Seven Tips for Friendly Payment Collections

Collecting payment for long outstanding receivables is frustrating for any small business owner.

Often times slow paying customers will do anything they can to further delay their payments, making running your business more difficult than it needs to be. Instead of letting customers hurt your business by holding onto the money they owe you, follow these steps to ensure that outstanding receivables get paid:

accounts receivable

Friendly and Effective Tips for Collecting Payment

Set up a payment plan

Clients may want to pay, but may be in a cash flow crunch of their own. If they’re struggling, developing a payment plan can be the most effective way to ensure payment. By breaking up the payment by week or month, it is often easier for customers to handle and ensures that you get the money owed to you, even if it takes more time. (Learn how accounts receivable factoring can help with extending customer payment terms)

Be friendly

When talking to your customer that have not yet paid off their bills, it is important to maintain a calm, friendly, and level-headed attitude. Getting angry or overly aggressive will stifle communication and can often encourage a slow paying customer to delay payment even further.

Be firm

Though being friendly is key, don’t be a push-over. Make sure that you are clear and consistent with your payment requests and don’t let difficult customers force you into a payment option that doesn’t work for your business. Remaining firm will earn your customer’s respect and likely speed up the collections process.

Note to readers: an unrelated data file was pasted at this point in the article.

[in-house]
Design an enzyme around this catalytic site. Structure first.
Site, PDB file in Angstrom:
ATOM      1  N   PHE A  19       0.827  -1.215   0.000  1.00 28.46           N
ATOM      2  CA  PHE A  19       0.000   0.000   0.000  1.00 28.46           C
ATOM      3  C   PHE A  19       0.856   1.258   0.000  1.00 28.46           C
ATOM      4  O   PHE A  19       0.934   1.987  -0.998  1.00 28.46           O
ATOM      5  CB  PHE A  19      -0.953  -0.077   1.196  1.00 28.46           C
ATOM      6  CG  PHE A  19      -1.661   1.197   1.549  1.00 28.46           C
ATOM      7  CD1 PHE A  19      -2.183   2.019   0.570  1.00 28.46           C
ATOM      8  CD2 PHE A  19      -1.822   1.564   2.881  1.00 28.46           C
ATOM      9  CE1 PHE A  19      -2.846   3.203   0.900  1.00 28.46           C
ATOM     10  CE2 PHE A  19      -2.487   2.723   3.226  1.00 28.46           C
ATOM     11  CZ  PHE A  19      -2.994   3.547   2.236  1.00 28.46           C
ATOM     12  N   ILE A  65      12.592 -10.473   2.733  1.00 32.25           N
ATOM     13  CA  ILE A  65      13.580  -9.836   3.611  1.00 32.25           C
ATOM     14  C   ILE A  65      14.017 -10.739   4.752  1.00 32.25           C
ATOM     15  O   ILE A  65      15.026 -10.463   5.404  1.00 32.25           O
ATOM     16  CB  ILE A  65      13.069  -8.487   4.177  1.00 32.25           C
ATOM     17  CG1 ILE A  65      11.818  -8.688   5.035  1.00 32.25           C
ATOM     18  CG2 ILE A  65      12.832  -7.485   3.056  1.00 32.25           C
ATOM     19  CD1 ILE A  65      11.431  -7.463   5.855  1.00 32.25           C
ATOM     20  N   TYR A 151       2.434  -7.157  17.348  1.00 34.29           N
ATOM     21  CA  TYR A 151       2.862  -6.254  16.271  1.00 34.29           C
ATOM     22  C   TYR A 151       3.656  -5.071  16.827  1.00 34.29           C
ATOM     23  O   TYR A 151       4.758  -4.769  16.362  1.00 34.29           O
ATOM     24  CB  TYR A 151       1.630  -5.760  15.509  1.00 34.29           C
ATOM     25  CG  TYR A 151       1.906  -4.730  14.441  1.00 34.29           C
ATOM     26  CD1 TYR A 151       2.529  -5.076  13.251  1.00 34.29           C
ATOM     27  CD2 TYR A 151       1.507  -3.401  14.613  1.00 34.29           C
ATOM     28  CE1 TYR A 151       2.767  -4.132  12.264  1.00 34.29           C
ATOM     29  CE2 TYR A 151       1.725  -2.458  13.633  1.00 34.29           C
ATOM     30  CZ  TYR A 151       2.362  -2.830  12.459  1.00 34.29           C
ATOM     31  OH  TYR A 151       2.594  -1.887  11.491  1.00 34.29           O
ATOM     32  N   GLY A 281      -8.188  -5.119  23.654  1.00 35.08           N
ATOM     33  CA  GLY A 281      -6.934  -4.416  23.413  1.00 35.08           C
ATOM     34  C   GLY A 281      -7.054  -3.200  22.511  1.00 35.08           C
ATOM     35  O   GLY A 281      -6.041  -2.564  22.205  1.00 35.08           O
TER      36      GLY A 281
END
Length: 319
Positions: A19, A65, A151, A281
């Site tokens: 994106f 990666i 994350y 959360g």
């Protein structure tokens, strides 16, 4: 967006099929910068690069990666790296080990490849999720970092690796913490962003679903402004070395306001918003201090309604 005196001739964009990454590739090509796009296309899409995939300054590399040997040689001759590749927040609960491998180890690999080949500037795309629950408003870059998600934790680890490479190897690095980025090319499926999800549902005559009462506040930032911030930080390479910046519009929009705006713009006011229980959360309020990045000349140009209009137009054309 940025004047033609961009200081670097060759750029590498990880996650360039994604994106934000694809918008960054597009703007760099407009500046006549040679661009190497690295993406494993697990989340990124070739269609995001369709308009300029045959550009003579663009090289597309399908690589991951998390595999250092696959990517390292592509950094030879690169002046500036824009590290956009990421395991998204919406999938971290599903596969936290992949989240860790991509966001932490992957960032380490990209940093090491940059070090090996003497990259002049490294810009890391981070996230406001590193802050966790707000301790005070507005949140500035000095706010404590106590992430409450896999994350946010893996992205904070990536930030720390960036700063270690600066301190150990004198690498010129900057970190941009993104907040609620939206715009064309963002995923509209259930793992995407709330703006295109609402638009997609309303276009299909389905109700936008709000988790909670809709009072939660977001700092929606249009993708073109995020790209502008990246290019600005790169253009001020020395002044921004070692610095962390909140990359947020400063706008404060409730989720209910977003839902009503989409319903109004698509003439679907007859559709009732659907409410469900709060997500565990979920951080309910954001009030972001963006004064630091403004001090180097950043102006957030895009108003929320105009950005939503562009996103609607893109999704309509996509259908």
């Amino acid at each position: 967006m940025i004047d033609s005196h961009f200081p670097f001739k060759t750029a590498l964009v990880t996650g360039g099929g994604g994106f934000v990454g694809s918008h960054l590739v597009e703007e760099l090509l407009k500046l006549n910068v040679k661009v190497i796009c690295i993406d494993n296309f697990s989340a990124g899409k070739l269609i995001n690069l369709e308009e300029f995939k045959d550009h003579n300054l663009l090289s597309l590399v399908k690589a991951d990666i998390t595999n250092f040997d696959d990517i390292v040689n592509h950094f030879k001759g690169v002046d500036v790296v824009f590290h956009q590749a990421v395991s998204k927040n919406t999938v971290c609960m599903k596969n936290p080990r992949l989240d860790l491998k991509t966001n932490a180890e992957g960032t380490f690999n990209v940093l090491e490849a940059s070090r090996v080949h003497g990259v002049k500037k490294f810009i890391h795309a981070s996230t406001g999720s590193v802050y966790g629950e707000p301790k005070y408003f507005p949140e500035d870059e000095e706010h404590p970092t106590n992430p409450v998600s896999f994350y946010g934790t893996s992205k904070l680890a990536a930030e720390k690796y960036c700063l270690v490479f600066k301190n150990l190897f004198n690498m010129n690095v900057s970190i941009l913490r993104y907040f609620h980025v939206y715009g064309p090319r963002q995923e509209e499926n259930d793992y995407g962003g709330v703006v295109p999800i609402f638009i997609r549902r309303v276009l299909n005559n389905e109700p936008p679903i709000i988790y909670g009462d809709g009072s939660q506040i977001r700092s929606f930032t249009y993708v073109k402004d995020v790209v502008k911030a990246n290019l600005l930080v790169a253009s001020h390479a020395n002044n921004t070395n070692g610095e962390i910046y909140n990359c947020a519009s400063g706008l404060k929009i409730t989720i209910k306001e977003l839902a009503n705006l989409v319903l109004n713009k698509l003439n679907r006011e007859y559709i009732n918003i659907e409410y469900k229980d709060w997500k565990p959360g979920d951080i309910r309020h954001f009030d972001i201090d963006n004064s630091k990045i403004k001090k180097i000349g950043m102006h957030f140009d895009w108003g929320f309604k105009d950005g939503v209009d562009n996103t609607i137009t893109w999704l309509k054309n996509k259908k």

Send a letter

Start by notifying your customer about their outstanding receivables. Send them a friendly letter outlining the payment options. It will help to include an extra envelope so they can immediately send you their payment.

Make a phone call

If they have not responded to the letter or have still not paid off any of the outstanding receivables after 30 days, call the customer and figure out a compromise that helps them get you the money they owe. Letters can be easy to ignore but phone calls and voicemails, if necessary, should get their attention.

Take legal action

If all else fails and the customer won’t pay up, contact a lawyer and send a letter to the customer threatening legal action. If you are considering taking the customer to court, talk to your lawyer about the costs first to ensure you’ll still come out profitable.

Use a collection agency

If taking legal action is cost-prohibitive, selling your outstanding invoices to a collection agency can be good last resort is your customer still hasn’t paid. Though you won’t get full payment for the outstanding receivables, a collection agency can handle the time consuming process of tracking down your customer and collecting payment while you refocus on running your business.

And let’s not forget – accounts receivable factoring is a great way to combat the stress of slow-paying customers. By factoring accounts receivable, you’ll receive up to 98% of the invoice amount immediately.

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